Mönchberg (dpa) – The feces-eating beetle will be the insect of 2024. Experts at the German Senckenberg Entomology Institute in Mönchberg, Brandenburg, chose the bull beetle from a number of suggestions, the institute announced. This animal, which belongs to the dung beetle family, plays a major role in ecosystems, but its numbers are declining alarmingly, according to the institute.
The size of the bull beetle (Typhaeus typhoeus) ranges between 14 and 20 mm. The name comes from its three horns, the outer two of which point forward like a bull. They are used in battles with competitors and to protect nesting sites. Thomas Schmitt, director of the Senckenberg Institute and chairman of the board of trustees, explained that the beetle represents a powerful force. He can pull more than a thousand times his own body weight.
“Beetles use this force to push the feces of rabbits, deer, cattle, sheep or horses into the narrow passages of their ball-shaped breeding chambers as food for their offspring,” says Schmidt. To do this, bull beetles dig a shaft up to 1.50 meters deep into the ground after mating. In chambers, the feces are shaped like a pellet, next to which the female lays an egg. The larva of the bull beetle hatches from the egg, crawls to this brood and feeds there.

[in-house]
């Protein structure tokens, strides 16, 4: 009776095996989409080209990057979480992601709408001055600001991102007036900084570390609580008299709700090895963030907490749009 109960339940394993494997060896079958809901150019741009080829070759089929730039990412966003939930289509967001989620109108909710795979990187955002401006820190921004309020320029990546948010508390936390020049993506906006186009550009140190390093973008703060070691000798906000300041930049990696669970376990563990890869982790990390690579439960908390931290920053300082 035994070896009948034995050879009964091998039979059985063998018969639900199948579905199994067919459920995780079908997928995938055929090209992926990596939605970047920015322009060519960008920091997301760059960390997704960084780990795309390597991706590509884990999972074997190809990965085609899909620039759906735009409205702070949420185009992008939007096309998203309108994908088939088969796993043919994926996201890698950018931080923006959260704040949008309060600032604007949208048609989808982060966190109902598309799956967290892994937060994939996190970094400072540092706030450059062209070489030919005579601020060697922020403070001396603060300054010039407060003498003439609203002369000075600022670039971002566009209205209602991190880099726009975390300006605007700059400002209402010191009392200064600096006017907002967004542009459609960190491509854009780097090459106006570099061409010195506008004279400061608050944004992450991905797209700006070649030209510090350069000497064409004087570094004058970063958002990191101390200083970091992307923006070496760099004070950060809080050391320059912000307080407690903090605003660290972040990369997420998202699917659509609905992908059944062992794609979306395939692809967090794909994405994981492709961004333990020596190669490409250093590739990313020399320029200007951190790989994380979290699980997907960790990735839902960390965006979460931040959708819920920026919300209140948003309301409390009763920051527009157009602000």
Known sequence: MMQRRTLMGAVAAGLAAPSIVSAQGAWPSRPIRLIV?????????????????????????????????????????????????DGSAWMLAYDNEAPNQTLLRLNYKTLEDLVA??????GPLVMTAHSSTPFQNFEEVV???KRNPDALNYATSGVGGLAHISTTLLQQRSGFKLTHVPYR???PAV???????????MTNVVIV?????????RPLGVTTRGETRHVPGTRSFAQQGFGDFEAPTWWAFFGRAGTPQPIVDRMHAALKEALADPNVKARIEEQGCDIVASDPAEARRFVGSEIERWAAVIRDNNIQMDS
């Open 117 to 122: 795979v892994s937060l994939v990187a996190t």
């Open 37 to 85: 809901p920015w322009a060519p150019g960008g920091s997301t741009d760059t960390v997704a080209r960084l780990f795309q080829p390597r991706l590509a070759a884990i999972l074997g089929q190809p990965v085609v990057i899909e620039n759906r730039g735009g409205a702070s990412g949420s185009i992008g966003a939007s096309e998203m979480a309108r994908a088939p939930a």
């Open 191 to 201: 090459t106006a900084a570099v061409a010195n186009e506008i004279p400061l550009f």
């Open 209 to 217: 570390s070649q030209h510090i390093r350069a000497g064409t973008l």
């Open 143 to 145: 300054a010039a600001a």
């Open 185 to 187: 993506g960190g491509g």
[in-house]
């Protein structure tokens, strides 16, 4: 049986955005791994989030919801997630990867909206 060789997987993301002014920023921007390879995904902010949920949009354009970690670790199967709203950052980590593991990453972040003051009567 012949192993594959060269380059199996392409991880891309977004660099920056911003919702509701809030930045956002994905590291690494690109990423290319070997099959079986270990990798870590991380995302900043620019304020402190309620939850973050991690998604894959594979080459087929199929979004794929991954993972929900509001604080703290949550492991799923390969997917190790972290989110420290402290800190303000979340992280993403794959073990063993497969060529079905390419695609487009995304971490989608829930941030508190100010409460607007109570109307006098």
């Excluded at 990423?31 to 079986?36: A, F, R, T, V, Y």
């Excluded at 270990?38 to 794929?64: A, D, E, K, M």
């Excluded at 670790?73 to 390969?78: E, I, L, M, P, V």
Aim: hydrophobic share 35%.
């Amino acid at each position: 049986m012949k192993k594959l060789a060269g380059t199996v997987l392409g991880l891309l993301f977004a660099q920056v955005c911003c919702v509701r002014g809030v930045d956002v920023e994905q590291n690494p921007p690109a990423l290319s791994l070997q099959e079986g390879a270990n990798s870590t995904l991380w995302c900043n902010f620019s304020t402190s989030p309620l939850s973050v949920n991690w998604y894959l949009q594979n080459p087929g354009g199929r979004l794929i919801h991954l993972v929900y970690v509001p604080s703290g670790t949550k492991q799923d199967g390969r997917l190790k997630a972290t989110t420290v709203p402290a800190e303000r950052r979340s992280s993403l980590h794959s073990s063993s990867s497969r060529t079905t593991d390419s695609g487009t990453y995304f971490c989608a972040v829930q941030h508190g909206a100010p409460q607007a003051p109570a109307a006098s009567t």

A sharp decline in population around the world
Dung beetles ensure that waste quickly disappears from the soil surface, explains Werner Scholz, who was involved in the selection of Nabu. “Beetles also regulate the development of helminths and flies in mammalian feces, enhance plant seed transfer and reduce greenhouse gas emissions, especially from cow manure.”
Since the mid-1980s, entomologists have recorded a sharp decline in their numbers worldwide. Reason: Grazing animals increasingly receive antihelminthic medications as a preventative measure. The active ingredients are excreted by animals and reach the beetles in the feces on which they feed. “As a result, the beetles (red: feces-eating) die or reproduce only to a limited extent,” says Schulz.
Scientists consider the decline in dung and dung beetle numbers to be a large part of the massive global loss of insect fauna. To combat this, the use of antiparasitics in pets and farm animals must be reduced, according to Board of Trustees Chairman Schmidt. If possible, farm animals should also be kept on pastures rather than in stables.
© dpa-infocom, dpa:231130-99-128642/2
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